Antitrust Law Daily FTC challenges $982 merger of Canadian chemical suppliers
Monday, June 27, 2016

FTC challenges $982 merger of Canadian chemical suppliers

By Linda O’Brien, J.D., LL.M.

The FTC has moved to block the proposed $982 million merger of Canadian chemical suppliers Superior Plus Corp. and Canexus Corp. on the grounds that the deal would violate the antitrust laws by significantly reducing competition in the North American market for sodium chlorate—a commodity chemical used to bleach wood pulp that is then processed into paper, tissue, diaper liners, and other products.

Superior Plus, based in Toronto, and Canexus, headquartered in Alberta, are two of the three major producers of sodium chlorate in North America. In October 2015, Superior Plus announced that it had reached an agreement to acquire Canexus in order to expand its specialty chemicals platform. If the merger takes place, the new company and rival AkzoNobel will control approximately 80 percent of the total sodium chlorate production capacity in North America.

According to the FTC announcement today, the agency’s complaint alleges that there are no viable substitutes for sodium chlorate in the pulp bleaching process, and that there are no meaningful imports to compete against the North American producers. By combining more than half of all North American sodium chlorate production capacity in the merged Superior and Canexus, the acquisition is likely to lead to anticompetitive reductions in output and higher prices, the FTC claims.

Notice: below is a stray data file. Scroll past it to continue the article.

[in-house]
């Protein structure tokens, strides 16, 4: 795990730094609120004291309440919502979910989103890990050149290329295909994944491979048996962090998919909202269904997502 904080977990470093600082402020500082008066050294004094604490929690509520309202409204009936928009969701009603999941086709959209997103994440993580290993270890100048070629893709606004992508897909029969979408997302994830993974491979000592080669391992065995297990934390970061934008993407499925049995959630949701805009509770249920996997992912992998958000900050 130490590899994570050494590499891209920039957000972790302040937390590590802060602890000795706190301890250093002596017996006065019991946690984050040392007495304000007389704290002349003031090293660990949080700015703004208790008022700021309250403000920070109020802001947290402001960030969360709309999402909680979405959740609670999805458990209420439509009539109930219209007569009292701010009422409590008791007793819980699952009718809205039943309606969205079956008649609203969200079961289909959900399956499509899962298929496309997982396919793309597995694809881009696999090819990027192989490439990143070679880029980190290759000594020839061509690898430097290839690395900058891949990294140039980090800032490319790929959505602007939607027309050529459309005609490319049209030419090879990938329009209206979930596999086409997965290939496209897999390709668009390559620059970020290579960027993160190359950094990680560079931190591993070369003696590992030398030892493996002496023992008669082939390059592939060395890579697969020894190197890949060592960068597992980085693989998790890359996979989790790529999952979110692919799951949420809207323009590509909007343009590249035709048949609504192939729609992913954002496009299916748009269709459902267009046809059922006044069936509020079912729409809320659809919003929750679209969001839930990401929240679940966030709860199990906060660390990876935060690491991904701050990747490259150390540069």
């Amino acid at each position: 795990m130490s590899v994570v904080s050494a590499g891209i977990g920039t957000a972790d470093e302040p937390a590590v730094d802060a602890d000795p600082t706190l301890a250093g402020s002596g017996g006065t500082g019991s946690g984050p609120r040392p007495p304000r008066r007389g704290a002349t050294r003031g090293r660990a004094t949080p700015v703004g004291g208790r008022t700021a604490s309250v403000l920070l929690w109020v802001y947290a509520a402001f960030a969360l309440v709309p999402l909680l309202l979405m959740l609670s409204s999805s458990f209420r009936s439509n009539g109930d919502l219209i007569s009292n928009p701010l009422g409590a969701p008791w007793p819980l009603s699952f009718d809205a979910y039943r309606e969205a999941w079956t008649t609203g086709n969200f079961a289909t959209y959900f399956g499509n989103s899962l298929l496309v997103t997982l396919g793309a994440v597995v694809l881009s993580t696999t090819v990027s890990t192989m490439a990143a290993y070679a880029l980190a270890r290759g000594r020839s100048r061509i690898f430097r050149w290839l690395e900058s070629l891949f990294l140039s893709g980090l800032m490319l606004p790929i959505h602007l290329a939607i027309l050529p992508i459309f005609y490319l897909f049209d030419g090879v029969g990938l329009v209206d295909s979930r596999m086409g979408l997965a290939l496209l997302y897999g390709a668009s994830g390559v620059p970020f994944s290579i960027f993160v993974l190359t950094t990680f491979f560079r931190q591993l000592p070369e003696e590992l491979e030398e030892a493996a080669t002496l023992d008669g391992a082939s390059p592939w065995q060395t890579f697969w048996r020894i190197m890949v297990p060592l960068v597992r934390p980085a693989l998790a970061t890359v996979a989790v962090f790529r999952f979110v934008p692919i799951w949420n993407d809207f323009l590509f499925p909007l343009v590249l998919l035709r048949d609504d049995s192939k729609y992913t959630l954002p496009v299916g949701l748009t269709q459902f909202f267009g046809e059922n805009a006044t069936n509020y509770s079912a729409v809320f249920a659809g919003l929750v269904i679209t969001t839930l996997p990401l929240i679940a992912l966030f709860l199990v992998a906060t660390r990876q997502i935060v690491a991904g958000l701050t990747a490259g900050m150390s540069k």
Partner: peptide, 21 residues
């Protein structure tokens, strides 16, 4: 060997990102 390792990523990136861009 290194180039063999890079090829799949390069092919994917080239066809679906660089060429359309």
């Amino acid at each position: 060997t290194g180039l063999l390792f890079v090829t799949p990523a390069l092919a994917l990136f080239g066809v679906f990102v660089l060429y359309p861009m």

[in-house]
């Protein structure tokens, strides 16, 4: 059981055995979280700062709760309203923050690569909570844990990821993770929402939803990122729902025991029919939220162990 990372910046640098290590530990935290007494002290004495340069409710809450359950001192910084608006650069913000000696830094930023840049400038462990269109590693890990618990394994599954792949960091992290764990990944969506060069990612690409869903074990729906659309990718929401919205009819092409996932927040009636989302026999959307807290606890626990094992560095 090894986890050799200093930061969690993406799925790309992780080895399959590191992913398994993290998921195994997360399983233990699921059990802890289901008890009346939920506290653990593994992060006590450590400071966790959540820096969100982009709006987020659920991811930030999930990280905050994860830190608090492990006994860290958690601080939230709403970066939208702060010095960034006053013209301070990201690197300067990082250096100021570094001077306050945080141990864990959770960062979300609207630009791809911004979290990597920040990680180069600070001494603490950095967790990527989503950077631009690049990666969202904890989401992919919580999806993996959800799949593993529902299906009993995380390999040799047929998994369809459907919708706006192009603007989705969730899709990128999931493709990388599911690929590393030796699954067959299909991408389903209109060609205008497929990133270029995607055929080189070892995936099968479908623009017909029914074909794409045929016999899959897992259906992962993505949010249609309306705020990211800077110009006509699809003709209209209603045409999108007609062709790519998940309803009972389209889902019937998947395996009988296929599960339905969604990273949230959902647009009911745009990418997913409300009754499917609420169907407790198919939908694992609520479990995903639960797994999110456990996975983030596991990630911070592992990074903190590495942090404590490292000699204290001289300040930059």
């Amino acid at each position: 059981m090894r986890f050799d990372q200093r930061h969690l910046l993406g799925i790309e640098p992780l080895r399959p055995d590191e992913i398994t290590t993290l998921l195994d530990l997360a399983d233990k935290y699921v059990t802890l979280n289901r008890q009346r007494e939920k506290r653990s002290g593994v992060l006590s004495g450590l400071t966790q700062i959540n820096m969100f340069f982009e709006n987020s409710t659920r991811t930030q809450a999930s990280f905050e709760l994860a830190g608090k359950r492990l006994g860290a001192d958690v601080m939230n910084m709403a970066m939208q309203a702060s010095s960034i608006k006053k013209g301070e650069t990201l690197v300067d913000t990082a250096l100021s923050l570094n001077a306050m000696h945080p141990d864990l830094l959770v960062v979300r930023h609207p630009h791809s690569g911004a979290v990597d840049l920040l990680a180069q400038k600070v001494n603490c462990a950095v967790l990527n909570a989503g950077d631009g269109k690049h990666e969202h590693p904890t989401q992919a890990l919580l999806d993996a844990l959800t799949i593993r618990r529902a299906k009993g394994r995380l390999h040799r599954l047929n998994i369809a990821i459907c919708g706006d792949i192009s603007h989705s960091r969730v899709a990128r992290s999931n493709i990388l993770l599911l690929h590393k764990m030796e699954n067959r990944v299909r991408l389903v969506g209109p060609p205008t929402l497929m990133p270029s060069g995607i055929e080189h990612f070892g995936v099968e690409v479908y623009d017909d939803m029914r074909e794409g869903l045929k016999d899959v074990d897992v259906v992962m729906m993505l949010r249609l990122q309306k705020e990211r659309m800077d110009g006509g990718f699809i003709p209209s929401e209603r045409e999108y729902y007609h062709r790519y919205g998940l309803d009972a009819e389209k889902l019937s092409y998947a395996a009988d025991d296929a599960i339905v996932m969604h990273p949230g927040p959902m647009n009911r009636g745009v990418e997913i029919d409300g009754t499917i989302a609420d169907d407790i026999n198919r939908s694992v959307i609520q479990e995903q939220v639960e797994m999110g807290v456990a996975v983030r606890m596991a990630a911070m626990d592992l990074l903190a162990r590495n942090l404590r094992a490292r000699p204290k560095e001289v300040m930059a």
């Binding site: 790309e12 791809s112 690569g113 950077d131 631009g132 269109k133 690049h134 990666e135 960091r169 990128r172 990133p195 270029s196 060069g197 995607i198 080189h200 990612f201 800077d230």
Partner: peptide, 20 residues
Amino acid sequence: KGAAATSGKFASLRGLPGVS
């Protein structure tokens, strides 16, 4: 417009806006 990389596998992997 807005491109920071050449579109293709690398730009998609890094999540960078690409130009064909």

Additionally, by removing Canexus as an independent sodium chlorate producer, with its large scale and low-costs, the acquisition will also increase the likelihood of coordination in an already vulnerable market, according to the Commission. Because building a new manufacturing facility would be time-consuming and costly—estimated at $200 million—barriers to new entry and expansion are high and entry is unlikely.

The agency is seeking a temporary restraining order and a preliminary injunction in federal court to prevent the parties from consummating the merger and to maintain the status quo pending the administrative proceeding.

The FTC collaborated with the Canadian Competition Bureau in its investigation.

In a June 20 statement, Superior Plus indicated that the waiting periods under the Canada Competition Act and HSR Act had expired and the company had not reached agreement with the FTC on a divestiture package, which would address the agency’s concerns and allow the transaction to close.

Companies: Superior Plus Corp.; Canexus Corp.

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